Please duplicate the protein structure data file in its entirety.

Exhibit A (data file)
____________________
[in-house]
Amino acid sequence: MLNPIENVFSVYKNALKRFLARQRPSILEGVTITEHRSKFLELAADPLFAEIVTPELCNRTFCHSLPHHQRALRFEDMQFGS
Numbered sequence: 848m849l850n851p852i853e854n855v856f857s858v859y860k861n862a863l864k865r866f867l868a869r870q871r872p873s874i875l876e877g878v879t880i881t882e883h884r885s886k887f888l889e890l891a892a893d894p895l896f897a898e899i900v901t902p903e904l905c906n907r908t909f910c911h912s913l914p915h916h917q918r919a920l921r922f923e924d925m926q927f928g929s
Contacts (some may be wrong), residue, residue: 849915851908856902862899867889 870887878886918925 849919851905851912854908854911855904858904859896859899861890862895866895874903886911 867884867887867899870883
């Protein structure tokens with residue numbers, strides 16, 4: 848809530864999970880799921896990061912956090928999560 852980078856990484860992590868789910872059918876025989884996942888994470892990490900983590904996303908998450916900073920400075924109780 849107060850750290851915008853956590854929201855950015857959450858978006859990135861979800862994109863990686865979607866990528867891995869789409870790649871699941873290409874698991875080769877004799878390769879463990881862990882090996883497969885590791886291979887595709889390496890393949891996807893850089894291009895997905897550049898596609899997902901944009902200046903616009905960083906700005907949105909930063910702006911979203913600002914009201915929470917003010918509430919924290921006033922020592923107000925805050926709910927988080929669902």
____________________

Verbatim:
[in-house]
Amino acid sequence: MLNPIENVFSVYKNALKRFLARQRPSILEGVTITEHRSKFLELAADPLFAEIVTPELCNRTFCHSLPHHQRALRFEDMQFGS
Numbered sequence: 848m849l850n851p852i853e854n855v856f857s858v859y860k861n862a863l864k865r866f867l868a869r870q871r872p873s874i875l876e877g878v879t880i881t882e883h884r885s886k887f888l889e890l891a892a893d894p895l896f897a898e899i900v901t902p903e904l905c906n907r908t909f910c911h912s913l914p915h916h917q918r919a920l921r922f923e924d925m926q927f928g929s
Contacts (some may be wrong), residue, residue: 849915851908856902862899867889 870887878886918925 849919851905851912854908854911855904858904859896859899861890862895866895874903886911 867884867887867899870883
């Protein structure tokens with residue numbers, strides 16, 4: 848809530864999970880799921896990061912956090928999560 852980078856990484860992590868789910872059918876025989884996942888994470892990490900983590904996303908998450916900073920400075924109780 849107060850750290851915008853956590854929201855950015857959450858978006859990135861979800862994109863990686865979607866990528867891995869789409870790649871699941873290409874698991875080769877004799878390769879463990881862990882090996883497969885590791886291979887595709889390496890393949891996807893850089894291009895997905897550049898596609899997902901944009902200046903616009905960083906700005907949105909930063910702006911979203913600002914009201915929470917003010918509430919924290921006033922020592923107000925805050926709910927988080929669902």